I received a very interesting question by email today from Ephraim Schwartz, editor-at-large at InfoWorld – “Does ERP matter?”
The arguments he was quoting were swaying more towards the “Matters – but much less” corner, and my SAP instincts made me jump up and down and say “Matters – more than ever”, but why? Interestingly, both my and his answers used the same reasoning as root cause for the answer – SOA infrastructure will change the landscape so that ERP matters more/less (pick your opinion here).
So, I stayed up Friday night (I didn’t have to wake up early Friday for a board call any more…) and decided to write this answer as my next blog entry, and send it to Ephraim as a public answer. You can read his column here to see what became of that answer in the broader context of his views, but read all the way through to see my view.
I was always a believer that SOA will not lead to small Lego blocks that will be aggregated on the fly by the consumer as some opinion leaders discussed in the past. Core processes require a certain semantic consistency that is certified by a vendor and compliant with authorities. You do not want your General Ledger going out of whack, just because you connected a web service the wrong way to a process that was assembled from multi-vendor pieces. Think of the set of core processes and the master data they require as the part of the brain that takes care of the involuntary actions of our body – like breathing and digesting – you do it, but you don’t think about it, and you definitely don’t want anything messing around with that part of the brain.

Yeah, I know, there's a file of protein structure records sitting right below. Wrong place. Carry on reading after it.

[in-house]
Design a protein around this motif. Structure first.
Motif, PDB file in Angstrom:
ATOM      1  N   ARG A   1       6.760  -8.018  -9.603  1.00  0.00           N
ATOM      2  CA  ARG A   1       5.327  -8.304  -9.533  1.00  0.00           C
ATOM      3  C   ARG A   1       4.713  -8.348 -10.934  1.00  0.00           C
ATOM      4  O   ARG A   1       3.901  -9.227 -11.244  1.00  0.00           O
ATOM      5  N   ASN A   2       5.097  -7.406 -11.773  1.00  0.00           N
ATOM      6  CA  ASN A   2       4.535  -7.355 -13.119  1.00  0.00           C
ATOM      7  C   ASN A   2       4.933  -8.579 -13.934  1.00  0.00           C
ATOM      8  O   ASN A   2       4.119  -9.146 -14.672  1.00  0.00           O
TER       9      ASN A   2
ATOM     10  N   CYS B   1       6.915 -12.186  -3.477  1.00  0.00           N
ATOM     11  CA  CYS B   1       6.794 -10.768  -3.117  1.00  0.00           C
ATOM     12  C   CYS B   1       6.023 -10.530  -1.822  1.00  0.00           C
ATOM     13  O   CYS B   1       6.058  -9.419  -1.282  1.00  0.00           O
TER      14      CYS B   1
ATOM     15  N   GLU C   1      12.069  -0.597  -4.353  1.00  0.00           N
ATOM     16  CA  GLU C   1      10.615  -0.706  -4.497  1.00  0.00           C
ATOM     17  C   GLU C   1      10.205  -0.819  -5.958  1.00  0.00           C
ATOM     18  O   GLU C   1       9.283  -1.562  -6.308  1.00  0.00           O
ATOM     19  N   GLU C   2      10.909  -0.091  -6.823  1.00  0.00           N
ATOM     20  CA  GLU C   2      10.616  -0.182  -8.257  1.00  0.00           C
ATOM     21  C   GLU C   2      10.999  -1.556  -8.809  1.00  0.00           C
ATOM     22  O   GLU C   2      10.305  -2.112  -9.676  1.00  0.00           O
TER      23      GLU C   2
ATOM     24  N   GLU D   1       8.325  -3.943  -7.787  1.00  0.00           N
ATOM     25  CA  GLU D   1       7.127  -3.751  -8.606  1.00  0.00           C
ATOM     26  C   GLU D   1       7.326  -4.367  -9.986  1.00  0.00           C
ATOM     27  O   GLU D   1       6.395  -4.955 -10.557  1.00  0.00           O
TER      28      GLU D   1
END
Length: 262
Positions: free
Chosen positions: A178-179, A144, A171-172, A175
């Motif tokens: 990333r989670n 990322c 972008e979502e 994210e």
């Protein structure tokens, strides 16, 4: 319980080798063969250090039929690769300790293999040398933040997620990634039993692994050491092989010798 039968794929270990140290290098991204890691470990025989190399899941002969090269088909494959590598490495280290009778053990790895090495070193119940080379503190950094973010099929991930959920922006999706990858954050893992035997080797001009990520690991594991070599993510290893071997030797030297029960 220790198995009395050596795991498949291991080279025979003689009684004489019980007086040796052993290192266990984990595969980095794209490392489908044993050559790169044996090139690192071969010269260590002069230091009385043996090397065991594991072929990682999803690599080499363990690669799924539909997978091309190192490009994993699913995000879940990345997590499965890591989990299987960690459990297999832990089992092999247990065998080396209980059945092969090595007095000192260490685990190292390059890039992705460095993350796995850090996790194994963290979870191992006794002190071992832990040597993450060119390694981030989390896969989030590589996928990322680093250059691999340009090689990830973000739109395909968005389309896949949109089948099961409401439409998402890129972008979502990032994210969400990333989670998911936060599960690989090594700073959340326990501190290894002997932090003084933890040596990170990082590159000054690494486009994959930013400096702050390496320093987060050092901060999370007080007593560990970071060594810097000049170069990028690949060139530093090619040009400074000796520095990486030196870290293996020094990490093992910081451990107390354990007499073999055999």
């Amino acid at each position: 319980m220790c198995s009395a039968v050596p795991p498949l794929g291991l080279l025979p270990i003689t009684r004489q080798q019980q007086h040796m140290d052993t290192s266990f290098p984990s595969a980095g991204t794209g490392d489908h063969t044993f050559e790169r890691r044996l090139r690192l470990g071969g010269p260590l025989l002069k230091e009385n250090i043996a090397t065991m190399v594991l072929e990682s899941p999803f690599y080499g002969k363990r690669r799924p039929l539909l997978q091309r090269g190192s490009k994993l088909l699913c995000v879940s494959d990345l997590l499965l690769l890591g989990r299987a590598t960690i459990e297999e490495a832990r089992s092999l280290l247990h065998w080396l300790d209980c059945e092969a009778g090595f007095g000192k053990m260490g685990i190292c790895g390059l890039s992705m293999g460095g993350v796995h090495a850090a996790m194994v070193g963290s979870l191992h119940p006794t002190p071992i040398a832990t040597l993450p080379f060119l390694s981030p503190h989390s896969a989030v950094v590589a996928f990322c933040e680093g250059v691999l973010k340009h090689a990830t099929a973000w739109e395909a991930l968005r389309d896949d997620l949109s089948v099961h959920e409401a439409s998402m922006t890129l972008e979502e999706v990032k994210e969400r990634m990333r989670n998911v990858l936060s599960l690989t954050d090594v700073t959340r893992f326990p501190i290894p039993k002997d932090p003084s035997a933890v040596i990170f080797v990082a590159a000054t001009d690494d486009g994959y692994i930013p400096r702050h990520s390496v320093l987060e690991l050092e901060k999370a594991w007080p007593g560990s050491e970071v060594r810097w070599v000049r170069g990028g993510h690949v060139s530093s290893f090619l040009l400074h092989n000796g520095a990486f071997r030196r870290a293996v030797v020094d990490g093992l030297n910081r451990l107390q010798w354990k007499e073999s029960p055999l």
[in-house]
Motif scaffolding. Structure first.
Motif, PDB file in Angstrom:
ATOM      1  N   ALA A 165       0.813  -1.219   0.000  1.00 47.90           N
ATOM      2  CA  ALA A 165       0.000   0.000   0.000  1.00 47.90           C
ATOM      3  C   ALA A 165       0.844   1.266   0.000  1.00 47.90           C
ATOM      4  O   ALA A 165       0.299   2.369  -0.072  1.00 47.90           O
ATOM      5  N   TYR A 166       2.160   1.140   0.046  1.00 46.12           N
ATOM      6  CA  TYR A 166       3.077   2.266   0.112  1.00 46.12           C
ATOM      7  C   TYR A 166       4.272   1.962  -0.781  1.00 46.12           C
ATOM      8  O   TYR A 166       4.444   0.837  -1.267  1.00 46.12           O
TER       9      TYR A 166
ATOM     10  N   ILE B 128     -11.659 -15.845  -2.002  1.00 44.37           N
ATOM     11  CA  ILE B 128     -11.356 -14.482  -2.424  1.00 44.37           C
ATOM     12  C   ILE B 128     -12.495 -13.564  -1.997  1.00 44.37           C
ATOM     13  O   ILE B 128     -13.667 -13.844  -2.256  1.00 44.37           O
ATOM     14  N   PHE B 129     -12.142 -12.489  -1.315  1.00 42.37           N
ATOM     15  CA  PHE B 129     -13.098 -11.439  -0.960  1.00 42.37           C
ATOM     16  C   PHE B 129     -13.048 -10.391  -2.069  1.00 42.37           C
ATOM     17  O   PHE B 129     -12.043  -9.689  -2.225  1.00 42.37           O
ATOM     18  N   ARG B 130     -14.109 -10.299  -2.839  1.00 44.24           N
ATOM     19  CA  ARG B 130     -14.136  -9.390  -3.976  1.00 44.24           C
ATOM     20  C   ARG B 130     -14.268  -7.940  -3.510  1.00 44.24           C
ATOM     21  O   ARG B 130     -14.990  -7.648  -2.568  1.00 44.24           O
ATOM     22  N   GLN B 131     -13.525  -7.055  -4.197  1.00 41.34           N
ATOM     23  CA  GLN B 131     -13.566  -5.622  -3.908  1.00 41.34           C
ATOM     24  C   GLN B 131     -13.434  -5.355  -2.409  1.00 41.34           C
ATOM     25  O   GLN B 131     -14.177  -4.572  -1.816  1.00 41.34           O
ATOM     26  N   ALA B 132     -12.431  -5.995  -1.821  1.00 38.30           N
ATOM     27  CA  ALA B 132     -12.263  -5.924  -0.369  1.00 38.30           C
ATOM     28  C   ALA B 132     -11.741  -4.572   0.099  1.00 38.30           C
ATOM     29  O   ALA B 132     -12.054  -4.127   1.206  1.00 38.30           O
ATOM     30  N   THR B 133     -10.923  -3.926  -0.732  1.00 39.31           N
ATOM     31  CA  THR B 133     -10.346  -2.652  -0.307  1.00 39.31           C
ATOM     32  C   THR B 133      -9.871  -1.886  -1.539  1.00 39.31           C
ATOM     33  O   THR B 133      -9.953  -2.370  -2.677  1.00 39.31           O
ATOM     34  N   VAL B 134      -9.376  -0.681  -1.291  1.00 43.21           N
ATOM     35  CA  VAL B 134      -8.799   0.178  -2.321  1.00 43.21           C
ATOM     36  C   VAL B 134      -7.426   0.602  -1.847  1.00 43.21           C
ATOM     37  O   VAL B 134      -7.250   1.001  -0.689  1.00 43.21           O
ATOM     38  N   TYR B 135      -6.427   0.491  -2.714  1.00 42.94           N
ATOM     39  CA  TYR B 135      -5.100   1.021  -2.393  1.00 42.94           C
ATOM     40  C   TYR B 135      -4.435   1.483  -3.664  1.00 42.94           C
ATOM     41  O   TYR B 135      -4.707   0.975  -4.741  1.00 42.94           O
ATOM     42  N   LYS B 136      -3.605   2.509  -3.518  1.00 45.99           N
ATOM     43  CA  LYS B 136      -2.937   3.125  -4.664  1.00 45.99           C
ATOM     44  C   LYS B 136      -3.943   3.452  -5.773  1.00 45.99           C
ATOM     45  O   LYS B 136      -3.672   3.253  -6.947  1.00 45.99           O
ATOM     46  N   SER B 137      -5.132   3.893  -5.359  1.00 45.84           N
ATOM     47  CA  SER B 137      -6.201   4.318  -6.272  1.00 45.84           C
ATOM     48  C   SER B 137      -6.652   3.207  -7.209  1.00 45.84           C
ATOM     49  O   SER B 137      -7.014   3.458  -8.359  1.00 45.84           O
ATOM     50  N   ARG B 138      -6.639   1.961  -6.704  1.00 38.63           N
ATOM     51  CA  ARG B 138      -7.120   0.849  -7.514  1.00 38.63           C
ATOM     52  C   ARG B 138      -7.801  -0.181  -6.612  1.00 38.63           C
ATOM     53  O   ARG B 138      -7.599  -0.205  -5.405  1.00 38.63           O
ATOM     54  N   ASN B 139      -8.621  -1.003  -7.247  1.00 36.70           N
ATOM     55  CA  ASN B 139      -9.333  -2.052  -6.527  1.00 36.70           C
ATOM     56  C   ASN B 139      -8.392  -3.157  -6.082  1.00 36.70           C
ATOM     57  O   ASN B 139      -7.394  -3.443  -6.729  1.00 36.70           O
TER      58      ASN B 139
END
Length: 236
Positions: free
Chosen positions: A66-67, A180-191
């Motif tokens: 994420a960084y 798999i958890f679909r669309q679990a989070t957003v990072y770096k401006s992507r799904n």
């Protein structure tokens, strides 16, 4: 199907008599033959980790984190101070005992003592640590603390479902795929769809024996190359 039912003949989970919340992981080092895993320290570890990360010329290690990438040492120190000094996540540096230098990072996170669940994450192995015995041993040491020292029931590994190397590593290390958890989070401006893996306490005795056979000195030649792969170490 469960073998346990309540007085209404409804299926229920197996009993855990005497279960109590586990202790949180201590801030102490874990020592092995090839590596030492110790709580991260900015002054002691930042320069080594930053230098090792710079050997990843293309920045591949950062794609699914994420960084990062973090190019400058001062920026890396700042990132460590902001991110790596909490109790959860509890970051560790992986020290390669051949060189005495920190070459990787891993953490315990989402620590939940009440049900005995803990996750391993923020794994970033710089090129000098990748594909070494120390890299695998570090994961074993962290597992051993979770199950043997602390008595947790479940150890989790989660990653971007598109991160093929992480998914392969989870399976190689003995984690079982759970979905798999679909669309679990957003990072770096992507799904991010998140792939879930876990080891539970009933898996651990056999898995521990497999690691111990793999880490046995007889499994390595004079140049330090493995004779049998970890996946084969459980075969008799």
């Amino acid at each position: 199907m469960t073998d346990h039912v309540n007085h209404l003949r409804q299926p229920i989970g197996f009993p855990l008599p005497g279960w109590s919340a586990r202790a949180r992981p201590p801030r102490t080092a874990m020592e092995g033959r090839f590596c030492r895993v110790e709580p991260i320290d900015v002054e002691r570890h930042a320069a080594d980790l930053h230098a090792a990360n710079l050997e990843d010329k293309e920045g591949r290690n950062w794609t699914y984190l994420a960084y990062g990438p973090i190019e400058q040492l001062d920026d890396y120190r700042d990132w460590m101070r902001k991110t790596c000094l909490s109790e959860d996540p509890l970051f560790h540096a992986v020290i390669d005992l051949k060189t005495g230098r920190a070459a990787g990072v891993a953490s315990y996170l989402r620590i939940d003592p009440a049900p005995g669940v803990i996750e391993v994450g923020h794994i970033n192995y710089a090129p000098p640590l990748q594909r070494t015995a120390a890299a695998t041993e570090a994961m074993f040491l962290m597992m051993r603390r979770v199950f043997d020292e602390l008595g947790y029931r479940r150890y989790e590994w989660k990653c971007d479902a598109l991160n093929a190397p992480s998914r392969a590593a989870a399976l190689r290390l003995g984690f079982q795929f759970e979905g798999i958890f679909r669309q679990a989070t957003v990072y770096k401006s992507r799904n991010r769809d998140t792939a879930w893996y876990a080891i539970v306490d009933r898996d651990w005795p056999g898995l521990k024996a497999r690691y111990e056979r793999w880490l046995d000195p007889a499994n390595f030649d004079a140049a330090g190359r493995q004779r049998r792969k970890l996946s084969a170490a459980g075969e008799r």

On the other hand, around that set of core processes we see a very large collection of edge processes that can be considered either ERP+ (such as employee performance management), or the other parts of a business suite (like advanced supply chain forecasting and optimization.) Some of these will be delivered as service oriented engines, with loose coupling to the core ERP, others will be composites that will be built and supplied on top of ERP and some other engine, sometimes these are shared engines while other times they are dedicated engines for that composite. In a sense these edge processes are the parts of the brain we educate after we are born. Some are more essential to the business – like CRM (try to get money without providing good service these days and see how essential CRM is), others are more optional but become essential over time (my favorite is emissions management – every company should implement it now and reduce emissions!)